Email is everywhere but HIPAA imposed regulations that make it difficult to use this technology for healthcare without exposing your practice to some possible penalties if you’re not careful. Infractions are very subtle and your practice can be at risk even if you think you’re in safe waters. There is a lot of information out there which talks about the nitty-gritty of using email under HIPAA. Since HIPAA is very detailed, there are some surprising ways your current use of email might be violating HIPAA without you realizing it.
Seven ways your email might be violating HIPAA.
Not Having Consent from Patient
Explicit guidance has been offered by the U.S. Department of Health and Human Services (HHS) addressing how patients and healthcare providers can use unencrypted email for sharing protected health information (PHI) only if the patient is well aware of the security risks involved and still prefers email as a mode of communication over other available options. However, the flip side of this guidance is that failing to meet any part of its criteria will result in an immediate HIPAA violation. You can avoid this by asking yourself the following questions before emailing your patient:
- Is this patient aware of the email security risks?
- Have I discussed other more secure methods of communication?
- Has the patient given a preference or consent for email?
- Have I documented the consent to use email even though other secure communication methods are available?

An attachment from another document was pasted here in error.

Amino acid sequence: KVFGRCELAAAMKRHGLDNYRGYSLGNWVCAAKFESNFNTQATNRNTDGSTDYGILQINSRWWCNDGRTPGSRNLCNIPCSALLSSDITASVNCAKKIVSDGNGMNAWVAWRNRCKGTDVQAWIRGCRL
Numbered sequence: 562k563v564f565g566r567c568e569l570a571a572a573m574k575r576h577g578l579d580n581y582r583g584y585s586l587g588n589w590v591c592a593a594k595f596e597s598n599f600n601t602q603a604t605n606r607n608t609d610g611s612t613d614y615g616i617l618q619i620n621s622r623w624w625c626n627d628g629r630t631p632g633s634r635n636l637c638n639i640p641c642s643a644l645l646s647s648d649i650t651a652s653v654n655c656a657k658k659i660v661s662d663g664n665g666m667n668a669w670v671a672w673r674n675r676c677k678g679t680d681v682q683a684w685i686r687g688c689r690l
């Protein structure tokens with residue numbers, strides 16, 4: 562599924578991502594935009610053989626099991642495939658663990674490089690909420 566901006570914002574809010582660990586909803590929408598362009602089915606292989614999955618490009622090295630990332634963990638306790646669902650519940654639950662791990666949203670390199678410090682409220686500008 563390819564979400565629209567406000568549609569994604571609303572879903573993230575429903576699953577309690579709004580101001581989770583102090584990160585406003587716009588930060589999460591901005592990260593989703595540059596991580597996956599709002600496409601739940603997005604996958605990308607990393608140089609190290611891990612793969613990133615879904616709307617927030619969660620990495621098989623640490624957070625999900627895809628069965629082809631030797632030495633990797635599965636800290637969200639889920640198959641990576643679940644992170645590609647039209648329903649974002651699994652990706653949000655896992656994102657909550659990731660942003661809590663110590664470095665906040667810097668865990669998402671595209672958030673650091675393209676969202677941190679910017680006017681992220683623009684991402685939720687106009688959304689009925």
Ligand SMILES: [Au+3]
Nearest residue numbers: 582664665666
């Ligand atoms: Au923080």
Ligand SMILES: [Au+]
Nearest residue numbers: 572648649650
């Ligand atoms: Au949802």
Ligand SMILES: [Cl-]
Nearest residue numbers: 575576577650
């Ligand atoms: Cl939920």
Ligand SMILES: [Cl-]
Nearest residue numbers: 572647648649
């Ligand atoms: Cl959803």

Patient preference is a powerful tool for HIPAA compliance but its absence can turn into a powerful liability. It is easy to skip this compliance step but it is important to keep a strict check on it.
Want to avoid HIPAA violations?
Not Having a Business Associate Agreement
BAAs are vital legal documents that are required by HIPAA and help ensure that your business partners will treat your patients’ PHI with HIPAA compliance just as you do. In the case of email, your email providers should have systems in place like modern encryption in order to protect your data. A properly drafted BAA documents these assurances.
Even if your patient has consented to use an insecure email, you still need to have a BAA. Skipping it with your email provider will put you in a direct violation of HIPAA. Your patient may have agreed to the technical limitations of email but that does not mean you have a free pass to ignore major HIPAA requirements like the administrative and legal safeguards which only a proper BAA would give you.
Having a BAA But It’s Not Covering What You Believe It Does
Not Thinking About Technical Safeguards
HIPAA has highlighted technical safeguards in its regulations. These technical safeguards have to be present for systems that interact with electronic PHI. Not all of these security measures are indeed required under the law, but standard email fails to meet even the most lenient version of interpretation of this criterion.
Email technology has progressed over the last few years and there are lots of measures which can be taken to ensure your email is secure. Even with your patients’ consent to use insecure email, there is an argument that the healthcare provider still needs to do his best to minimize security risk. Not doing so can result in HIPAA violations.
Only Thinking About Technical Safeguards
It is great if you are ahead of the game on email security and have sorted out technical safeguards. Maybe you know all about TLS, DKIM, DMARC, and SPF among other internet security acronyms, and have systems in place for the end-to-end encrypted email system. However, you could still be violating HIPAA with your email. How?